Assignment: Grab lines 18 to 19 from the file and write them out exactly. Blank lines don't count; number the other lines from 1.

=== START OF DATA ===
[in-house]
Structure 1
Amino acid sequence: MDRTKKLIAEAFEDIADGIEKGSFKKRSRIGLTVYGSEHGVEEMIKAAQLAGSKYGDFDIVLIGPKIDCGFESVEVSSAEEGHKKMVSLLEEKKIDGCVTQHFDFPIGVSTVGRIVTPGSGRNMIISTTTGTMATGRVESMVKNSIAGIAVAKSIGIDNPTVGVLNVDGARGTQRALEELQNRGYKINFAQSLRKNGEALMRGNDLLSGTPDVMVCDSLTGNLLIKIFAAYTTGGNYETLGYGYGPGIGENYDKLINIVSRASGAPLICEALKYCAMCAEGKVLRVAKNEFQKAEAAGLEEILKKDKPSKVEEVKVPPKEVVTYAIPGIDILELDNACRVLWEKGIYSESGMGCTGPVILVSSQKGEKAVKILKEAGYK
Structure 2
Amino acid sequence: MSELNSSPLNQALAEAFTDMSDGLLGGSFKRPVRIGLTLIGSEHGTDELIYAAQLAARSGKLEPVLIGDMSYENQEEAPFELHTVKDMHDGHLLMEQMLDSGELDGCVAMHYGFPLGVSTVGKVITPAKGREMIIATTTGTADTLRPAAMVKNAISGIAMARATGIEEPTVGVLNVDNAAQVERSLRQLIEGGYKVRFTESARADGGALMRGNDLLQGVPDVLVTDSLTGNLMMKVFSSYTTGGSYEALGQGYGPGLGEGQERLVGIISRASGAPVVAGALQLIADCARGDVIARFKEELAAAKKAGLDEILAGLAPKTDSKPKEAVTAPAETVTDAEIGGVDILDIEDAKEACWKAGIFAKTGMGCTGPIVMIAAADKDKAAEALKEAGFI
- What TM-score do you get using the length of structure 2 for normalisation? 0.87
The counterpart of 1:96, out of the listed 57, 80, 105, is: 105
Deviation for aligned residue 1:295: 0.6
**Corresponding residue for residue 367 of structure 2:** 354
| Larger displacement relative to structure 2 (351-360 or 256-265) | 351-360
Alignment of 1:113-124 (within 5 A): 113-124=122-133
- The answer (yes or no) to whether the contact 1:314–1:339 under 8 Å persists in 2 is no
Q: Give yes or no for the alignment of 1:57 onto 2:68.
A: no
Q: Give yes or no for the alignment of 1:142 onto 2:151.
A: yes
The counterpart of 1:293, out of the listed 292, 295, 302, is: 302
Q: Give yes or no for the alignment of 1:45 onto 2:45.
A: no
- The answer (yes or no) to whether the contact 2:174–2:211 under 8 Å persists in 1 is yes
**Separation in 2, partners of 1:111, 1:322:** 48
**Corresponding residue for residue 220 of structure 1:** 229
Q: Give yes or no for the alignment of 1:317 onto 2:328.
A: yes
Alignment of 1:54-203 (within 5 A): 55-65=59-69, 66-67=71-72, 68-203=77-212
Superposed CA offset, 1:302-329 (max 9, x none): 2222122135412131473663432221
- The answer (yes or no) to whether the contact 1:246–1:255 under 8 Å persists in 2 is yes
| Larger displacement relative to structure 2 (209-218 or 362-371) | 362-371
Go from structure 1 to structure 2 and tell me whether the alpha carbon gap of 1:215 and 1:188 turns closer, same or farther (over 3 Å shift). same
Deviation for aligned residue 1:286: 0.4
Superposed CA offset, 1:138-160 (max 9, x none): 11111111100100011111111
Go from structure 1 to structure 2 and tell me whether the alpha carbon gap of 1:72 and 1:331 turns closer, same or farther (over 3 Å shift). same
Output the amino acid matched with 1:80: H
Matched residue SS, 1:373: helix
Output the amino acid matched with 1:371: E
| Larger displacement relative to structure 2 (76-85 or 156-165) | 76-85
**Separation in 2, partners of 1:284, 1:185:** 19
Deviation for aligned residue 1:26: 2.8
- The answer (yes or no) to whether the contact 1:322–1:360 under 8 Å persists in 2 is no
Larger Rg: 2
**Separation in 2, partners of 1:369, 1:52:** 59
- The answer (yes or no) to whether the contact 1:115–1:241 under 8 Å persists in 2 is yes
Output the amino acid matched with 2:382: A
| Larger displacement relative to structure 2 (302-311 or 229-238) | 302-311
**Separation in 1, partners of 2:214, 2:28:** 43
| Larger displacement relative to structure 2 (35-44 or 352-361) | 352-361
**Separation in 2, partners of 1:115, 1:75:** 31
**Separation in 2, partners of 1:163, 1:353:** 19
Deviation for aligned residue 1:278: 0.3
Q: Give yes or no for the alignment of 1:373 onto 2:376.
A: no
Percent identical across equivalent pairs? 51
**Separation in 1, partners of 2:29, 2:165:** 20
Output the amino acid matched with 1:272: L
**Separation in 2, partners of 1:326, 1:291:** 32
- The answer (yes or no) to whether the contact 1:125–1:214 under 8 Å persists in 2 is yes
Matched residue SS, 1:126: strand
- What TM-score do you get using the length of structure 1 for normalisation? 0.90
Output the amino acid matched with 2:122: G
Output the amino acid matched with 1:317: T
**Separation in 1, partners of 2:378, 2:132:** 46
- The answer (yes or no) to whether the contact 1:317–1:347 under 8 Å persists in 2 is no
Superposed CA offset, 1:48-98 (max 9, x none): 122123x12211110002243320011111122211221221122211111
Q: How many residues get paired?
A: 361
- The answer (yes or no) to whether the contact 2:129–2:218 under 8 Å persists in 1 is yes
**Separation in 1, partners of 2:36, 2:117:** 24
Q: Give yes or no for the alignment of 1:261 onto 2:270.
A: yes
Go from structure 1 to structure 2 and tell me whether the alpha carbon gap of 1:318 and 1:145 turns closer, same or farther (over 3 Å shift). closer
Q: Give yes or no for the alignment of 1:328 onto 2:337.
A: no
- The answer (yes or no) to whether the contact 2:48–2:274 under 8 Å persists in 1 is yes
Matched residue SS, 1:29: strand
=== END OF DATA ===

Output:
Q: Give yes or no for the alignment of 1:45 onto 2:45.
A: no